I'm a normal heterosexual male in my 60s, and age has apparently affected some aspects of my sexuality. Specifically, while I am able to achieve an erection (with or without a partner), it is difficult to keep that erection in its original state. It's not a problem during masturbation, when I can easily reach orgasm. However, with a partner I'd like to be able to maintain firmness and strength, which is not so easy to do.
I've heard and read about cock rings, which I understand are useful in this regard. The principle seems to be that when you put the ring on, it constricts the base of the shaft of the penis and keeps the organ engorged and stiff. OK so far, but then what? How long does it stay on? Is it like a tourniquet and potentially dangerous? Do the devices come with instructions? In different sizes? Are they really effective?
Thanks for your advice. If these rings work, I'd be pleased to hear about it, as would my occasional sex partners. --DH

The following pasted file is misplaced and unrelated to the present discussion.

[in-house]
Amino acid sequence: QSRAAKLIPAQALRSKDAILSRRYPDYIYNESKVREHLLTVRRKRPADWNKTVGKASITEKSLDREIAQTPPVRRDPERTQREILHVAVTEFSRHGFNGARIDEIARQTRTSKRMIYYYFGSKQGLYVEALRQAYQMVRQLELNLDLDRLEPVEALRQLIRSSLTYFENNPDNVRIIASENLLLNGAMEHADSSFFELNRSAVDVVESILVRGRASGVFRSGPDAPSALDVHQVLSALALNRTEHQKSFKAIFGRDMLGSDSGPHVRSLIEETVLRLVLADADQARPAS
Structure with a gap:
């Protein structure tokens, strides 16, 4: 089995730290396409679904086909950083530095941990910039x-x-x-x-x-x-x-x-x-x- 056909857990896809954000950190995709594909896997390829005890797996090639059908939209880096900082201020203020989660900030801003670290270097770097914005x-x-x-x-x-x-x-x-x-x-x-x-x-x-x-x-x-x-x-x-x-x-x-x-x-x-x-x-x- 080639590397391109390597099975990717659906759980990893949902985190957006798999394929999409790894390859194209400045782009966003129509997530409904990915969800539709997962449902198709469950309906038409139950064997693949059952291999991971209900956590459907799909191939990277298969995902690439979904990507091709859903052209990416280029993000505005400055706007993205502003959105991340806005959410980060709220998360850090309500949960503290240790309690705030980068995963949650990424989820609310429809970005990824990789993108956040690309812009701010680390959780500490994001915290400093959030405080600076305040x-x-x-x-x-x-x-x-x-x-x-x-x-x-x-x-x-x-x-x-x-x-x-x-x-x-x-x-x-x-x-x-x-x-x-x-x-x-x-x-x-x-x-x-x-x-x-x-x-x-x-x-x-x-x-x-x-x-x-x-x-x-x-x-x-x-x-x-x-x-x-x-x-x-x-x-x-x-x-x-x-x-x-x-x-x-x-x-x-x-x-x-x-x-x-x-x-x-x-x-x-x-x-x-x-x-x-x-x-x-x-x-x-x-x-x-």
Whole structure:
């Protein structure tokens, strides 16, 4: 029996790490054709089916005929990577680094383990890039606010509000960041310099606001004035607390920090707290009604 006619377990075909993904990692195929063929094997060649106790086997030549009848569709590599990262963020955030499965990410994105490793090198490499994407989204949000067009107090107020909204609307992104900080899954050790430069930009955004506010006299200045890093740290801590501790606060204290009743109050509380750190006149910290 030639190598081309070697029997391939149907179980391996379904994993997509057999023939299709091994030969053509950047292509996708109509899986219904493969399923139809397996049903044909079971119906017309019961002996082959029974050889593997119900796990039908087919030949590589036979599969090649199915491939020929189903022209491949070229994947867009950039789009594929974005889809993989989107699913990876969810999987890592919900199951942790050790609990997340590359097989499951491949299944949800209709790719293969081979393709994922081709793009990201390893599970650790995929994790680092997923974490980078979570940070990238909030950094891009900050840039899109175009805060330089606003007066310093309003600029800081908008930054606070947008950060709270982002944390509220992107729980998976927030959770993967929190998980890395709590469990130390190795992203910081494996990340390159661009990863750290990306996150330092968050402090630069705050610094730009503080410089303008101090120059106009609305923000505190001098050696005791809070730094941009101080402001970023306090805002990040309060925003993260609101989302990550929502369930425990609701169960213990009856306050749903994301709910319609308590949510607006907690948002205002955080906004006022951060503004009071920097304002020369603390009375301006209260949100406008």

Before using any sex toy, it's a good idea to seek out the advice of a sex toy professional. When I have toy questions, I call Claire Cavanah and Rachel Venning, owners of the finest sex toy store in North America, Seattle's Toys in Babeland. Recently Claire and Rachel opened their second store, in great big New York City. Toys in Babeland is now a continent-spanning corporate sex toy colossus! I called Claire on your behalf.
Claire on cock rings: "Basically, a cock ring goes around the base of a penis, behind the balls, and traps blood. With a cock ring, a penis is harder for a longer period of time, and no, they're not dangerous--or they're only dangerous if you can't get out of them." But don't let the potential dangers keep you from this low-tech, perfectly healthy, Viagra-free solution. "Use one that's the right fit--a cock ring tight enough to restrict blood flow out of the penis once you're erect, without cutting off blood flow entirely.